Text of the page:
With the World Series set to begin on Wednesday, it is once again time to unveil my picks for baseball’s best. The Baseball Bloggers Alliance has asked members to submit a ballot for the annual BBA Awards, which are a little bit different from the traditional ones. There are five awards up for grabs – one each for top rookie, manager, reliever, pitcher, and player (notice the award is for TOP player, not most VALUABLE player). While some of the awards are brutally obvious (Mr. Kershaw for best pitcher?), the others are very, very tight.
So without further ado, I present to you the 2013 500 Level Fan BBA Award Ballot!
Connie Mack Award – Top Manager
1. Terry Francona – Cleveland Indians
Both Francona and (begrudgingly) John Farrell deserve this award, but I give the nod to Tito. Although Boston finished last in 2012, they had better players in pretty much every position than what Francona inherited with the Indians. Plus fans in Cleveland expect to lose, so the 24-win improvement seems much better than it actually was.
2. John Farrell – Boston Red Sox
Credit where it’s due. After screwing up the Jays for two seasons, Farrell turned around the Red Sox, leading them to an AL best 97 wins. Most pundits, including me, pegged them to finish last.
3. Bob Melvin – Oakland Athletics
Melvin proved that 2012 was no fluke, leading the A’s to another AL West crown with a team stocked with no-names.
1. Clint Hurdle – Pittsburgh Pirates
Pittsburgh’s recent history is not only full of losing – it is full of awful losing. Pathetic, terrible teams that routinely became the laughingstock of baseball – until this year. Hurdle guided the Pirates not only to the team’s first winning season in 20 years, but to a playoff spot. This is an easy choice.
2. Don Mattingly – Los Angeles Dodgers
It’s not easy being the man in charge of a team that is expected to contend. After throwing money around in the offseason, the Dodgers were supposed to dominate, but got off to such a terrible start that it looked like Mattingly wouldn’t survive. He stuck to his plan, however, and with a little help from a Cuban named Puig, turned things around in a big way.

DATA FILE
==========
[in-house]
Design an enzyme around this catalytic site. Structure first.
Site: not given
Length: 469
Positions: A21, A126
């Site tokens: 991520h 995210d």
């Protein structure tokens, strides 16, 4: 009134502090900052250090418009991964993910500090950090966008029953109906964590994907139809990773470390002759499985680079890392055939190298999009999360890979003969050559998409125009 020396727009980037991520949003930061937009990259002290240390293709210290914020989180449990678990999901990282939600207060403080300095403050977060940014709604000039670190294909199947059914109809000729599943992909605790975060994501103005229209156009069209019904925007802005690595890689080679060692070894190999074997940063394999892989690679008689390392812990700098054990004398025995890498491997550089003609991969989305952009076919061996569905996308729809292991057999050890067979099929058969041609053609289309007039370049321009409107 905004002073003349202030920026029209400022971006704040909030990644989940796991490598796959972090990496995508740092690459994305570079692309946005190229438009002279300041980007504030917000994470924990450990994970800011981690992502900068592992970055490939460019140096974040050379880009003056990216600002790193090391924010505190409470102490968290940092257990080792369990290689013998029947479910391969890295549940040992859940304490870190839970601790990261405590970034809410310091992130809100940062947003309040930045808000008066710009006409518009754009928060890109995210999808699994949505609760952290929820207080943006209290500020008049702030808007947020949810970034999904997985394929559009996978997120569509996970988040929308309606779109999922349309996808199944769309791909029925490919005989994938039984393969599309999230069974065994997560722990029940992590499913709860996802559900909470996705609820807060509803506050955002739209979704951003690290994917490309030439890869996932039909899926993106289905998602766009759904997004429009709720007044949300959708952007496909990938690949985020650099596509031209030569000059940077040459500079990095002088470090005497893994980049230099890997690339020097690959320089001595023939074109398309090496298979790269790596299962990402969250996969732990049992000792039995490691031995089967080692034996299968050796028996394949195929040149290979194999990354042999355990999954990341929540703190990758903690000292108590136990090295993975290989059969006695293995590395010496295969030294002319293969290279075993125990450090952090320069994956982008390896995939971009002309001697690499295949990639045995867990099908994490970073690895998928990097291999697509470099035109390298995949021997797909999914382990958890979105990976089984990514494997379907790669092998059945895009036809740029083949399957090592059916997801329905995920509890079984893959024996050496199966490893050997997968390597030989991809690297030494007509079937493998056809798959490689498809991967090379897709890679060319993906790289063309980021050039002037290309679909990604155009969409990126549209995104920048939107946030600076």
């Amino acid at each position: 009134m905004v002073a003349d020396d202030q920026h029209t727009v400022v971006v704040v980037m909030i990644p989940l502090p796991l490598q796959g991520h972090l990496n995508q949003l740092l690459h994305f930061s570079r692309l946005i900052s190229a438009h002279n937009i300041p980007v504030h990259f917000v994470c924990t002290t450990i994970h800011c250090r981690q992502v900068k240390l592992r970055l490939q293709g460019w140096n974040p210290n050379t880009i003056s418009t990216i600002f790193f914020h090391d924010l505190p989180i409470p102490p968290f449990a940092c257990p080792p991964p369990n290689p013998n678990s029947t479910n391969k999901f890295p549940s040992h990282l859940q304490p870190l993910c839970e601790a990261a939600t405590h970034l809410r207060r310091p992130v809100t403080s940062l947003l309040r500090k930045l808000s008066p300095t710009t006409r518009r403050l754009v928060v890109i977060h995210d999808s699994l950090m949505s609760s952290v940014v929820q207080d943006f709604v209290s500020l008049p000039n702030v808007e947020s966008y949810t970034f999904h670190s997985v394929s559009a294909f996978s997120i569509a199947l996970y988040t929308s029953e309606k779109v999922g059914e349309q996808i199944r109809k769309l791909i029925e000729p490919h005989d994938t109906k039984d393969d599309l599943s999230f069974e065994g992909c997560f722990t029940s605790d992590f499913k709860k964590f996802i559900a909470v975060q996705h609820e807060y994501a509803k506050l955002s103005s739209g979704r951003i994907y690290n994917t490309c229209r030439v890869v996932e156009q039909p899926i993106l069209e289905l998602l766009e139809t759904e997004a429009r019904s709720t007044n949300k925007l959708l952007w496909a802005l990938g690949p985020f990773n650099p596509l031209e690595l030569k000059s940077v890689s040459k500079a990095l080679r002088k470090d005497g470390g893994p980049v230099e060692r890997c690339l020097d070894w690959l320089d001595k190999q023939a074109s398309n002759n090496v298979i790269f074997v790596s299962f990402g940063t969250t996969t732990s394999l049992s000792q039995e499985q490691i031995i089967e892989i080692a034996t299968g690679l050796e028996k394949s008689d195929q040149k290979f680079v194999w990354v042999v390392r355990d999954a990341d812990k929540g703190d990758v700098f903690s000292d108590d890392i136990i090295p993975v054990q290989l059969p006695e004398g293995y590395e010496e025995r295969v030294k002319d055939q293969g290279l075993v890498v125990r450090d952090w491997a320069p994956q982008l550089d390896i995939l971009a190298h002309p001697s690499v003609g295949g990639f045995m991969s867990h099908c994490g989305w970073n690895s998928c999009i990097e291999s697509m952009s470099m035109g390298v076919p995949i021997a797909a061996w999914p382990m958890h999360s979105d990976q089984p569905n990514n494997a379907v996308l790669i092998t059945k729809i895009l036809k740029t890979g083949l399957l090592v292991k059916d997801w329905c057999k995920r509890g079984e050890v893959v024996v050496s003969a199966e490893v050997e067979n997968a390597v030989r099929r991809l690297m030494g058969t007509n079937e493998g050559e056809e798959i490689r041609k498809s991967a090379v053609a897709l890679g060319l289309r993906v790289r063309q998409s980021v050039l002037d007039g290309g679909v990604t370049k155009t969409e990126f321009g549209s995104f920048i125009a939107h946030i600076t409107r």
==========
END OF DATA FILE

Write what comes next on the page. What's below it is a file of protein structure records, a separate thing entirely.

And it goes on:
3. Mike Matheny – St. Louis Cardinals
First they lost Pujols, then they lost Chris Carpenter. Ho-hum, just another 97 win season and NL Central crown.
Willie Mays Award – Top Rookie
1. Wil Myers – Tampa Bay Rays
Myers finished 3rd out of all AL rookies in average at .293, 2nd in HR with 13, and first (by a mile) in OPS at .831. He also did it all in the thick of a pennant race for the Rays. Not bad for a guy who didn’t even debut until June 18.
2. Jose Iglesias – Boston / Detroit
Dynamite in the field, Iglesias also surprised many by topping the .300 mark, which was a nice added bonus. After a mid-season trade to Detroit, he has the rare ability to claim a role in the success of two playoff teams in 2013.
3. Chris Archer – Tampa Bay Rays
Made 23 starts for the Rays, and put up a very impressive 1.13 WHIP and 3.22 ERA.
1. Jose Fernandez – Miami Marlins
In a very good year for NL rookies, Fernandez was the best of the bunch. In 172.2 IP, Fernandez struck out 187 batters, and put up a 12-6 record, 0.98 WHIP, a 2.19 ERA, and allowed a league low 5.8 hits per 9 innings. And he did it all as a 20 year old playing for the NL’s worst team. Very impressive.
2. Yasiel Puig – Los Angeles Dodgers
If Puig would have played the entire year, he very easily could have won this award. Still, even after spending the first two months in the minors, Puig’s numbers were awesome: .319 AVG, .391 OBP, .925 OPS, 19 HR, 11 SB, 8 outfield assists, and a 5.0 WAR. Also re-ignited the Dodgers playoff drive.
3. Shelby Miller – St. Louis Cardinals